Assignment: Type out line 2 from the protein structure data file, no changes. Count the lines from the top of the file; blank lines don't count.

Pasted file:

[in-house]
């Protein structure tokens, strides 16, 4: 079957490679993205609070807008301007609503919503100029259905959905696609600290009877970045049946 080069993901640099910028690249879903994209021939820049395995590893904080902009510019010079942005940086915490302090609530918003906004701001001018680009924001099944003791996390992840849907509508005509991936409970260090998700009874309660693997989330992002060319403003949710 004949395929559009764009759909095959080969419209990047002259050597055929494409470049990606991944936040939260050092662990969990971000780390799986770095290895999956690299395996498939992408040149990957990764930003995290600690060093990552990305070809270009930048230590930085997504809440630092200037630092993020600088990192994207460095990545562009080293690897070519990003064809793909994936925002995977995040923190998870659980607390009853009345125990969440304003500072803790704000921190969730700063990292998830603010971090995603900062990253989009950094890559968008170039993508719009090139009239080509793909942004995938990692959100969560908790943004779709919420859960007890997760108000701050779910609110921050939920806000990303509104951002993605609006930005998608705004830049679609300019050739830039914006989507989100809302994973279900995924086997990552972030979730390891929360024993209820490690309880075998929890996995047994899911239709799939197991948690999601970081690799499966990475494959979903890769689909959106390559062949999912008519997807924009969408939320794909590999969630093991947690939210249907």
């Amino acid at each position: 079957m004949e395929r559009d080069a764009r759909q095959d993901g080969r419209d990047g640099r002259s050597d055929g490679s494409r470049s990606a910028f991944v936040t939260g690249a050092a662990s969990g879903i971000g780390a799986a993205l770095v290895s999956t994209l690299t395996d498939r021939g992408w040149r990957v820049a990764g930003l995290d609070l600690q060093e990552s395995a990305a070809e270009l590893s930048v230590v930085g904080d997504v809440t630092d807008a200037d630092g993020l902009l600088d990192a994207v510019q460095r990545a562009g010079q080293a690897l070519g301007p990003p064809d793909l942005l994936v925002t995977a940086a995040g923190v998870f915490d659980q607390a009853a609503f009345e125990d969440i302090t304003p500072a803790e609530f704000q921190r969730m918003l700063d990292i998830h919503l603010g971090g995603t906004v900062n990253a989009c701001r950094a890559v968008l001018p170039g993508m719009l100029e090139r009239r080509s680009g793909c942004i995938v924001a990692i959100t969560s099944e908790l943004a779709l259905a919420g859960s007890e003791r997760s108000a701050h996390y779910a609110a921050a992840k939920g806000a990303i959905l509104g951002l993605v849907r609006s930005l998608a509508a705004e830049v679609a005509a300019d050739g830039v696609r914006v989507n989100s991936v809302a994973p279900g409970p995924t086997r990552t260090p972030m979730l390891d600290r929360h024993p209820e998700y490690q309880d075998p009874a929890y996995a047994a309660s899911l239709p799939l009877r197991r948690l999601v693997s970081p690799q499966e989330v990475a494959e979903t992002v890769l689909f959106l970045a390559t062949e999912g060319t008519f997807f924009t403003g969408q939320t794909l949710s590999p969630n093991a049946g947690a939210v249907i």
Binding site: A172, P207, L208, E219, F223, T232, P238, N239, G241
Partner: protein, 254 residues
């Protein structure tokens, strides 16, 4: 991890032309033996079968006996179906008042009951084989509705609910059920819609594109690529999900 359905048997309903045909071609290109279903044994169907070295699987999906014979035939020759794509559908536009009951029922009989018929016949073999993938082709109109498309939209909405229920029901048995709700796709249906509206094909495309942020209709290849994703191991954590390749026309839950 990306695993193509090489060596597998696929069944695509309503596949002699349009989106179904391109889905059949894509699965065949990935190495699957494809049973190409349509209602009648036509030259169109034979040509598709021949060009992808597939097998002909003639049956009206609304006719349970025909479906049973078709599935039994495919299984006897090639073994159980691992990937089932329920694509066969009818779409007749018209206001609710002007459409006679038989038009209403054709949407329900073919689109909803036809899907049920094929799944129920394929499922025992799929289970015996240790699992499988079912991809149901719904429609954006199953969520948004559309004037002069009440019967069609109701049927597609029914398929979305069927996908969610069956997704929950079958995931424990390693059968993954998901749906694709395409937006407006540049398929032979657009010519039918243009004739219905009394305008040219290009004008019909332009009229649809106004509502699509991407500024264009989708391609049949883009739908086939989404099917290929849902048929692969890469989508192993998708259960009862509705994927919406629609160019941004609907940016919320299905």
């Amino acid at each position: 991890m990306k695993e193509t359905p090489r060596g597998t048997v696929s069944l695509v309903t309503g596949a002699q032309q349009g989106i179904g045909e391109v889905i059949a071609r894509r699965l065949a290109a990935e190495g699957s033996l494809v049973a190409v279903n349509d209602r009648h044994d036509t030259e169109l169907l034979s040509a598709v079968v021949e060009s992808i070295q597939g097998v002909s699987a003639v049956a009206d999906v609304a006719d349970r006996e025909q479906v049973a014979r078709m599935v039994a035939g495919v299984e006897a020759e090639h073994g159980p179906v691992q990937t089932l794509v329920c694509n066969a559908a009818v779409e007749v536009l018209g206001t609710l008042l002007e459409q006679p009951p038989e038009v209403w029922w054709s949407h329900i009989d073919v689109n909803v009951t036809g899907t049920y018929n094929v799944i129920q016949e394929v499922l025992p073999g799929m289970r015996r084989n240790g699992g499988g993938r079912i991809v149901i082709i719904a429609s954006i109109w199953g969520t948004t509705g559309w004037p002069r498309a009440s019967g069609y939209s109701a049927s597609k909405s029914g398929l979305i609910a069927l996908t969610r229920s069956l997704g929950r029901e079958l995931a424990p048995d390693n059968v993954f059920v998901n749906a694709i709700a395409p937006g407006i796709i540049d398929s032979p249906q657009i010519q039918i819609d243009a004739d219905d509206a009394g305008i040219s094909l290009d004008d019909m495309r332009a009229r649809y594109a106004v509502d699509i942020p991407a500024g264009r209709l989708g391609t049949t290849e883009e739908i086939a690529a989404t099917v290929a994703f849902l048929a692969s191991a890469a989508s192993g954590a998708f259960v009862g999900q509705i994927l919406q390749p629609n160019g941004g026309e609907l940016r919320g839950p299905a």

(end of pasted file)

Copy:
């Protein structure tokens, strides 16, 4: 079957490679993205609070807008301007609503919503100029259905959905696609600290009877970045049946 080069993901640099910028690249879903994209021939820049395995590893904080902009510019010079942005940086915490302090609530918003906004701001001018680009924001099944003791996390992840849907509508005509991936409970260090998700009874309660693997989330992002060319403003949710 004949395929559009764009759909095959080969419209990047002259050597055929494409470049990606991944936040939260050092662990969990971000780390799986770095290895999956690299395996498939992408040149990957990764930003995290600690060093990552990305070809270009930048230590930085997504809440630092200037630092993020600088990192994207460095990545562009080293690897070519990003064809793909994936925002995977995040923190998870659980607390009853009345125990969440304003500072803790704000921190969730700063990292998830603010971090995603900062990253989009950094890559968008170039993508719009090139009239080509793909942004995938990692959100969560908790943004779709919420859960007890997760108000701050779910609110921050939920806000990303509104951002993605609006930005998608705004830049679609300019050739830039914006989507989100809302994973279900995924086997990552972030979730390891929360024993209820490690309880075998929890996995047994899911239709799939197991948690999601970081690799499966990475494959979903890769689909959106390559062949999912008519997807924009969408939320794909590999969630093991947690939210249907």